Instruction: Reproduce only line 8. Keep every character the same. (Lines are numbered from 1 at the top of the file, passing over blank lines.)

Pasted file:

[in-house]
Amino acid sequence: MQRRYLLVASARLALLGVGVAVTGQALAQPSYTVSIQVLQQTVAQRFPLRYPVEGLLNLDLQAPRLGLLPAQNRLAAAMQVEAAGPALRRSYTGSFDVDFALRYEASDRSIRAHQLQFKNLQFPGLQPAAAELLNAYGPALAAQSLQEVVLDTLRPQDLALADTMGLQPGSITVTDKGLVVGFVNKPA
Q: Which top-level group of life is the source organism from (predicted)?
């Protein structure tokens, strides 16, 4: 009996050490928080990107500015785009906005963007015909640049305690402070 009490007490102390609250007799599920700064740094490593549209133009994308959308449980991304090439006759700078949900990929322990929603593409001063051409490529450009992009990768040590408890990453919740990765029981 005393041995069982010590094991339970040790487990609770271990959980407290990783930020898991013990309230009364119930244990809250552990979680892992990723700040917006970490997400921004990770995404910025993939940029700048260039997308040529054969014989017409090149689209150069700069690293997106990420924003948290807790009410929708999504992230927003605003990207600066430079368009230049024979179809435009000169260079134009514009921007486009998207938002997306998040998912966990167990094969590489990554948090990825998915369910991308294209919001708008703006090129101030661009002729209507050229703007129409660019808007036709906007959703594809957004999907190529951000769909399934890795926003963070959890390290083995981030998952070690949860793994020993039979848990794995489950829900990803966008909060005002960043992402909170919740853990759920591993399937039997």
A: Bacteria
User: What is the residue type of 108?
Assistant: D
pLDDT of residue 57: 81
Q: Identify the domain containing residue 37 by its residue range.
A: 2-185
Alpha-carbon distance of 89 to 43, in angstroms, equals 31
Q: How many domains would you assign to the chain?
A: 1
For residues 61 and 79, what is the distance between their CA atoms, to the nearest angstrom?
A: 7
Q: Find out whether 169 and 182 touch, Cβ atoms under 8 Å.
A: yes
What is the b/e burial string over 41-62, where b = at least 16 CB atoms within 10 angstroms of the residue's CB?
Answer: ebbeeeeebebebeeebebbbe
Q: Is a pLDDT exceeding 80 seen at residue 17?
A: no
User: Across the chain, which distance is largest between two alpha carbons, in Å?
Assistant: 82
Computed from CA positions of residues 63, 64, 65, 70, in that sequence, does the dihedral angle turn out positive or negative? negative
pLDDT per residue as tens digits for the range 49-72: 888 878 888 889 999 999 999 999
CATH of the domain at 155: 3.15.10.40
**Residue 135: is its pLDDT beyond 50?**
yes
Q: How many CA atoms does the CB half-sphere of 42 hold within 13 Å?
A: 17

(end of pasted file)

pLDDT of residue 57: 81